When sales folk (in any industry, not just publishing) talk about PSA, they're referring to the number of units sold, on average, by any given store in a chain. For example, if Joe's House o' Books has 100 store locations and sells 1,000 units of a given title over a given length of time, their PSA for that interval is 10 units per store (1,000 / 100).
PSA is important to the sales force because it allows us to make direct comparisons between national accounts that have different store counts; it's not exactly fair to tout Book-O-Rama's superior net sales and market share against Joe's House o' Books if Book-O-Rama has 500 store locations and Joe's only has 100. Compare:
Book-O-Rama: 2,000 net copies sold of Disaffected Teen Vampires.
Joe's House o' Books: 1,000 net copies sold of the same title.
Assuming these two are the only competitors in the market, B-O-R outsells Joe's 2:1 and has superior market share (67% to 33%), but their PSA is suprisingly low: only four units per store (2,000 / 500) compared to Joe's ten units per store (1,000 / 100). Why the discrepancy, you might ask? If so, congratulations: you're thinking like a salesperson. We'd be asking the exact same question. Low PSA can be indicative of anything from problems with store location (the stores are in low-traffic or low-population areas, or are in areas not heavily populated by their target client) to insufficient market penetration (though not always, as we've seen that low PSA can be accompanied by high market share).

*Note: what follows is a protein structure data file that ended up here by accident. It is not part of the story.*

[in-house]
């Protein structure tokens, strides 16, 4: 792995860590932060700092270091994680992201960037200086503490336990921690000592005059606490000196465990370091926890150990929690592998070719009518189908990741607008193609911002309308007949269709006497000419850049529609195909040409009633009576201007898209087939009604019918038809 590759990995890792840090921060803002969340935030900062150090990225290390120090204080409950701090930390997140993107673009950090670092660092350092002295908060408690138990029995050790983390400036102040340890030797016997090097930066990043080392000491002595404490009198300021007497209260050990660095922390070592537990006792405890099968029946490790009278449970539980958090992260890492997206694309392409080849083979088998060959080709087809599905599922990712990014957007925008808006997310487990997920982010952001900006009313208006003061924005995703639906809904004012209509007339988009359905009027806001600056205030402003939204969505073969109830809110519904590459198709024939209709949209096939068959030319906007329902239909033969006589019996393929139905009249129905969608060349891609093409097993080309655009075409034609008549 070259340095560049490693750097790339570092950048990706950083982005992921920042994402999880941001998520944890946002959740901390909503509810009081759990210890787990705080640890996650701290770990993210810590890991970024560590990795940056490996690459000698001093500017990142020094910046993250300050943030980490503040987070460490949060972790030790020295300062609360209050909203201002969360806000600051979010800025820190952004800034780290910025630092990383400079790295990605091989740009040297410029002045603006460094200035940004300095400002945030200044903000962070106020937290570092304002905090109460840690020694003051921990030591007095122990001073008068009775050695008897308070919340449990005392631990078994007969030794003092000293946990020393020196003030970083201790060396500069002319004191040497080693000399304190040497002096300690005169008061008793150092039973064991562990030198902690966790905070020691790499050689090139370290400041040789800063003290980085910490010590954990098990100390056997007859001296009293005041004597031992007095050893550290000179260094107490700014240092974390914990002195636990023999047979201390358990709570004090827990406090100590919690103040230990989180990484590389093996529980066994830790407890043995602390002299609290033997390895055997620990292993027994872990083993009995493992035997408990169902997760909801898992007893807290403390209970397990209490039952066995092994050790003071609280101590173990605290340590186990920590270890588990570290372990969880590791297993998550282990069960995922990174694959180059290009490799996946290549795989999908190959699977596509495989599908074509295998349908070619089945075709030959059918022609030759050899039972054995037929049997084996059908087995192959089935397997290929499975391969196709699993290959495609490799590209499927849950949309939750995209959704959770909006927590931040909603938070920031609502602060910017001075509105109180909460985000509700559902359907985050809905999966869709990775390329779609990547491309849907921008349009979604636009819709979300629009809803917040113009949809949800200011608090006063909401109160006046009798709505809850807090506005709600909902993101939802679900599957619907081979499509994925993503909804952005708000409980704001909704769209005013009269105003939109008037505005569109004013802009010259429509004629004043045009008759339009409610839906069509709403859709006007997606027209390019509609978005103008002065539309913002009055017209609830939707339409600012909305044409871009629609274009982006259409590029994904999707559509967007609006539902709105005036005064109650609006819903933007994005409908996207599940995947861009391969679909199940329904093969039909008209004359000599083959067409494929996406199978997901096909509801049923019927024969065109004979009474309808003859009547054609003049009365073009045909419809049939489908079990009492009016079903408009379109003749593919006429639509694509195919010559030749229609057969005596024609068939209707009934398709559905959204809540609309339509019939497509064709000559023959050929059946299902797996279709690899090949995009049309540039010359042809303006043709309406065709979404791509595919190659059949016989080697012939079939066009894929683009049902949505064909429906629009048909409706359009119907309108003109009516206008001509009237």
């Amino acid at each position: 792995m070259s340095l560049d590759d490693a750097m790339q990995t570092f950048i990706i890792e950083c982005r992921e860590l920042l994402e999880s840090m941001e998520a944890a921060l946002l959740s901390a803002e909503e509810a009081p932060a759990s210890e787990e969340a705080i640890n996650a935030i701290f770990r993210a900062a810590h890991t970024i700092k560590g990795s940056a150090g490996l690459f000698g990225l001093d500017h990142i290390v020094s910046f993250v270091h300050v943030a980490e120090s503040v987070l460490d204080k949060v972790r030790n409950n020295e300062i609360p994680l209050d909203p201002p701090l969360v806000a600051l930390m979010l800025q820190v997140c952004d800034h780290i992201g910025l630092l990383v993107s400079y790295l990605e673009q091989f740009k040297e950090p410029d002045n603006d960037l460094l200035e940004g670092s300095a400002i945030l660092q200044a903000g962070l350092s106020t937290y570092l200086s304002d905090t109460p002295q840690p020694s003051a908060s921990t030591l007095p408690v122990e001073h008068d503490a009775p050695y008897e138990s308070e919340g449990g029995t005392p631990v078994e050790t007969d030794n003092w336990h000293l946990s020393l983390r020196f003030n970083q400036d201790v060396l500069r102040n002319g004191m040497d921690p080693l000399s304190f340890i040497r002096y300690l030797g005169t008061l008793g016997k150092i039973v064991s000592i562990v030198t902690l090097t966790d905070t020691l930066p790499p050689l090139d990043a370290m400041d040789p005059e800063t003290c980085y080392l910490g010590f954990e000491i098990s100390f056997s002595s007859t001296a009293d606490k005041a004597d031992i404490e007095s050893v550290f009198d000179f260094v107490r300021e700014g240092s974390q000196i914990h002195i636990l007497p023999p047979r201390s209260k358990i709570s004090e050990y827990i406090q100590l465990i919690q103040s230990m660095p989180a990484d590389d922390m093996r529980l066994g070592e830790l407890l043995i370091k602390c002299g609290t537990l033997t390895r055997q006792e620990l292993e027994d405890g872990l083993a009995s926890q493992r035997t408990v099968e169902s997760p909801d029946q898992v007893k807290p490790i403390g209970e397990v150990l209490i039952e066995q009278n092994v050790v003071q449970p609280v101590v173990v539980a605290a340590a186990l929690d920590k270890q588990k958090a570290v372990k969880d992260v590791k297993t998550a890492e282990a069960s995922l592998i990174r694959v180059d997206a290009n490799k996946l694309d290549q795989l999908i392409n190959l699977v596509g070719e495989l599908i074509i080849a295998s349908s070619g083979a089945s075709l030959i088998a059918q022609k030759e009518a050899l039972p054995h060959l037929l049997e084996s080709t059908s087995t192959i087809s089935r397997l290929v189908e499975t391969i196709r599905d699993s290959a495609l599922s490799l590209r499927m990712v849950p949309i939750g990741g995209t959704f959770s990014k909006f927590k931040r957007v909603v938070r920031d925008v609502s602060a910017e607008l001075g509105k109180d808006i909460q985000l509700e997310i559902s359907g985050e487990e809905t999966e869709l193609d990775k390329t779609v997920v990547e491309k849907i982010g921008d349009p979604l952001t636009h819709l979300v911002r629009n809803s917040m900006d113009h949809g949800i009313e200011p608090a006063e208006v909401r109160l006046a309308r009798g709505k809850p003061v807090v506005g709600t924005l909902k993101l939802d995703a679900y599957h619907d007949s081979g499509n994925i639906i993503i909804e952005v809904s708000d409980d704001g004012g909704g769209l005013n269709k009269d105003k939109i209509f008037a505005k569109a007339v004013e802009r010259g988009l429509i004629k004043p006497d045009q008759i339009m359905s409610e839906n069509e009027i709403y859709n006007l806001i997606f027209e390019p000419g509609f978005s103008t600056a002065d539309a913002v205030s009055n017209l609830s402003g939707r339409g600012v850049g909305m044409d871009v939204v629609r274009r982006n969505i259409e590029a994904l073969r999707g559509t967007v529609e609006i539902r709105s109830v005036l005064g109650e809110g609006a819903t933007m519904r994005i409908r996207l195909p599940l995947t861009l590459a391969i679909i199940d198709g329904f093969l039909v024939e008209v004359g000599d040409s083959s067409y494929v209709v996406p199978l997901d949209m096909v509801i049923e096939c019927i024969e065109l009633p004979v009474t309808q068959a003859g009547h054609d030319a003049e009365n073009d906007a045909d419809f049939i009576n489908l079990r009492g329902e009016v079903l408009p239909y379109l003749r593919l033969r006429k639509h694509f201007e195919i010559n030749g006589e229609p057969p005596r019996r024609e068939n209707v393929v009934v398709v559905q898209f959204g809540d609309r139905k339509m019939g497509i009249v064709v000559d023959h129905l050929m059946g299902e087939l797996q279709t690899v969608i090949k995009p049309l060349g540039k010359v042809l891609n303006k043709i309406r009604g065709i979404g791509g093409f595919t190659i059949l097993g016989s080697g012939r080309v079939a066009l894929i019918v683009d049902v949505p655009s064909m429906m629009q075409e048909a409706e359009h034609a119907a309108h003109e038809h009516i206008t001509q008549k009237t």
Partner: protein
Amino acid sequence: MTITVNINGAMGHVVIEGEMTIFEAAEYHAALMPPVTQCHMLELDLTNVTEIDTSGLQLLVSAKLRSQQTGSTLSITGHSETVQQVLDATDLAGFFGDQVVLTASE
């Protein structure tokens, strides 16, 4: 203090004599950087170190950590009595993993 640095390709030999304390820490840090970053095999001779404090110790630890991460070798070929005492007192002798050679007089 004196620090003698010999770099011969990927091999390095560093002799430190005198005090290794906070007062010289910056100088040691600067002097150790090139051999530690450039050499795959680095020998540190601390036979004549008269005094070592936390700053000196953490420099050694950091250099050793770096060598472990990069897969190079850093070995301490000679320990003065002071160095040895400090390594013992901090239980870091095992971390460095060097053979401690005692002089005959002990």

What does this mean for you? As with market share, not a huge amount, since these comparisons are designed to provide information to publishers and retailers, not individual authors. However, a low PSA could be the result of your title not being in promotion at a given account, so it's always good to ask your agent a few weeks or months before on-sale whether (s)he knows where your book will be placed in-store at various locations.
Tomorrow: PW reports and another management shakeup... what's in store for Borders?